Solomon became king of all Israel. He made an alliance with Pharaoh king of Egypt. Egypt was not part of the promised land. Egyptians were not Canaanites (Deuteronomy 7:1-4). Egyptians had made slaves of the Israelites over a century after Joseph and his brothers’ families moved to Egypt (Exodus 1:8-11). Now, 500 years later Solomon married an Egyptian, just as Joseph had done.
Sealing the alliance between Egypt and Israel culminated in the marriage between Solomon and Pharaoh’s daughter. This marriage resulted in the writing of Psalm 54 and the Song of Solomon.
Was this marriage wise and blessed by God? Some say yes. Others say no. The Bible, though not directly saying that God blessed the marriage does seem to with the writing of Psalm 45 and the Song of Solomon. Jesus often used marriage in parables to describe the relationship between him and the church. Psalm 45 and the Song of Solomon also reflect that relationship. Whether blessed or not God did use it according to his good and wise purpose.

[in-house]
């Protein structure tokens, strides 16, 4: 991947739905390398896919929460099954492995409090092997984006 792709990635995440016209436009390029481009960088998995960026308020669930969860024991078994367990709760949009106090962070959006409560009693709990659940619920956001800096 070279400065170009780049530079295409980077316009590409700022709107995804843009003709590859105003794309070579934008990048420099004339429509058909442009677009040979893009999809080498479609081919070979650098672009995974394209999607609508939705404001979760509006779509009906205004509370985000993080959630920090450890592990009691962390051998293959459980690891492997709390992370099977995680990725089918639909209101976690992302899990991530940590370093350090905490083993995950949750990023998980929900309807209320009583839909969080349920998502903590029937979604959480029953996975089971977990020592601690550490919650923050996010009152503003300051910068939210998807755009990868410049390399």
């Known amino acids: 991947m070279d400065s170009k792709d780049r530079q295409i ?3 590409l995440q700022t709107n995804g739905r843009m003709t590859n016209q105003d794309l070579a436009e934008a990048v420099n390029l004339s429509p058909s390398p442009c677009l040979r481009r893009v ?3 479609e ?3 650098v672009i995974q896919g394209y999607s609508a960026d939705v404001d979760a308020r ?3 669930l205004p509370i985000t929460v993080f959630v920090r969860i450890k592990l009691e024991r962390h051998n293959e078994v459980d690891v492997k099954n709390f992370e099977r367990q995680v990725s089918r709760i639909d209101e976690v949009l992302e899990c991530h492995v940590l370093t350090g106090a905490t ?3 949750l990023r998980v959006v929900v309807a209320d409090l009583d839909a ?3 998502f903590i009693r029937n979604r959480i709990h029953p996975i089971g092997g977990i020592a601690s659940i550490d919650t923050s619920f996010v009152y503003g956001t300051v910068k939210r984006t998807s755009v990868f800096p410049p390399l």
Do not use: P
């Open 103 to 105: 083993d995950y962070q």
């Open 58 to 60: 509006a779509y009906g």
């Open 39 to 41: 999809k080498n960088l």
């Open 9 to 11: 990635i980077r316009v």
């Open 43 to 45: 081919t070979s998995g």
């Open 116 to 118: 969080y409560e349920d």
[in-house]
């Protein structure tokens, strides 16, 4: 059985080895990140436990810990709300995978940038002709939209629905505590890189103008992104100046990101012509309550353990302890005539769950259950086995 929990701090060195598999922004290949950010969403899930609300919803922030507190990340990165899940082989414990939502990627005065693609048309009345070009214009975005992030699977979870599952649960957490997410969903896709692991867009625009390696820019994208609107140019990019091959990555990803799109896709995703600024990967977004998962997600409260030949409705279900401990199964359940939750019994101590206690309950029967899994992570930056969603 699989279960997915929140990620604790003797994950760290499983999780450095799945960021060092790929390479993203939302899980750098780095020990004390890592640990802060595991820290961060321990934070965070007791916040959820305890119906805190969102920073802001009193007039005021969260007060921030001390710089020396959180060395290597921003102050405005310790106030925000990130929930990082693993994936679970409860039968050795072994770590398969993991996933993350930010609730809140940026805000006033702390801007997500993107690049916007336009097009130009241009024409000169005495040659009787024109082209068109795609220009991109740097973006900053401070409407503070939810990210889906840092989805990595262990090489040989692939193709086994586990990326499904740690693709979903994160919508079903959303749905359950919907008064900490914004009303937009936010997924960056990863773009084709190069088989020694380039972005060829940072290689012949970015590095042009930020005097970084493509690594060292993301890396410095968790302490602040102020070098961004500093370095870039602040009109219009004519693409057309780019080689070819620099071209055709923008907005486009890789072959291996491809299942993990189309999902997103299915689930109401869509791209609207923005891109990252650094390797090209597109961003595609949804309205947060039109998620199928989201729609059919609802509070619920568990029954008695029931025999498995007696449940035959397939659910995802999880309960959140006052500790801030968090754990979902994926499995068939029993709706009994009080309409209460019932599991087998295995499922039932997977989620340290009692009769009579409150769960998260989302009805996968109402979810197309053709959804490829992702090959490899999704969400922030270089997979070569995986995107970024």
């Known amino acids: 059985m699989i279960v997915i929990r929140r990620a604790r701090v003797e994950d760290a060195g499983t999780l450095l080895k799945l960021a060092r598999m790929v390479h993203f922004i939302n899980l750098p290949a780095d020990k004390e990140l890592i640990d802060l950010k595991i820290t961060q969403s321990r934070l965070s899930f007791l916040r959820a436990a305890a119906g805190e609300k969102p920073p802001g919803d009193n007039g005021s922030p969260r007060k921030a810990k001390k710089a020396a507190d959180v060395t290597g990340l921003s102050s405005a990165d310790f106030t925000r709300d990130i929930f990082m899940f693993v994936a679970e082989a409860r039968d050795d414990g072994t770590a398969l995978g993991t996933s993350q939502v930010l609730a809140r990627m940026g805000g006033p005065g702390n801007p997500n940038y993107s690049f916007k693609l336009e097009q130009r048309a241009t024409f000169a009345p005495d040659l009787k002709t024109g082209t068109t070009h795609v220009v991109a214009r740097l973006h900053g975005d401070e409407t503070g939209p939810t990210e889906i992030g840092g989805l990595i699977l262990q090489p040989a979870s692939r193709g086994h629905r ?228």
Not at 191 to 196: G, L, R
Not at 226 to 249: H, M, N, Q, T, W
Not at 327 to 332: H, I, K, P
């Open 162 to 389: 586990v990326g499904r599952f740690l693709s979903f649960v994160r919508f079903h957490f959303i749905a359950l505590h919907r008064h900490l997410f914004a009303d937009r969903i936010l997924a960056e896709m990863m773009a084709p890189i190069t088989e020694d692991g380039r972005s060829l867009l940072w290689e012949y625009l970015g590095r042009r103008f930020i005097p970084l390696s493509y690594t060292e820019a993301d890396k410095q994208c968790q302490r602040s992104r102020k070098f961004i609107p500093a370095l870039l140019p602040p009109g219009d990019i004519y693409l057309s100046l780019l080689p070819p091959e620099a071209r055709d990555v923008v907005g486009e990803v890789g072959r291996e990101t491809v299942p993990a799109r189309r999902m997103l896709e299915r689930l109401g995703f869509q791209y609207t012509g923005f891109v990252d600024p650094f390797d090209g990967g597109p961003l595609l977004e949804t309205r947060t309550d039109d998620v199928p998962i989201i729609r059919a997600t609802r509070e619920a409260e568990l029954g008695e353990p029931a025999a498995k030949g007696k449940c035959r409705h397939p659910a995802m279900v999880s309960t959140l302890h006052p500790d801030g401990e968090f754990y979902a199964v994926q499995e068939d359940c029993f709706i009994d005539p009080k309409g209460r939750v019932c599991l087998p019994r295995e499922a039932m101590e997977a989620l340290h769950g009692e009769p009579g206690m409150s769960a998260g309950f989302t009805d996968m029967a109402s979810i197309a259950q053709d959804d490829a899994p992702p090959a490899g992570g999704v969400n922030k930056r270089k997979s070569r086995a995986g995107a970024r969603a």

Solomon showed his love for the LORD by walking according to the statutes of his father David. However, he was not infallible. He did not practice religion as prescribed by the LORD in the Pentateuch. He offered sacrifices and burned incense on the high places (3).
I don’t understand Solomon. He seems to be a man of contrast and inconsistency. Then again, I do not understand myself for the same reason. I too am a man of inconsistency. Yet I have faith that God is able to accomplish in me what he has started.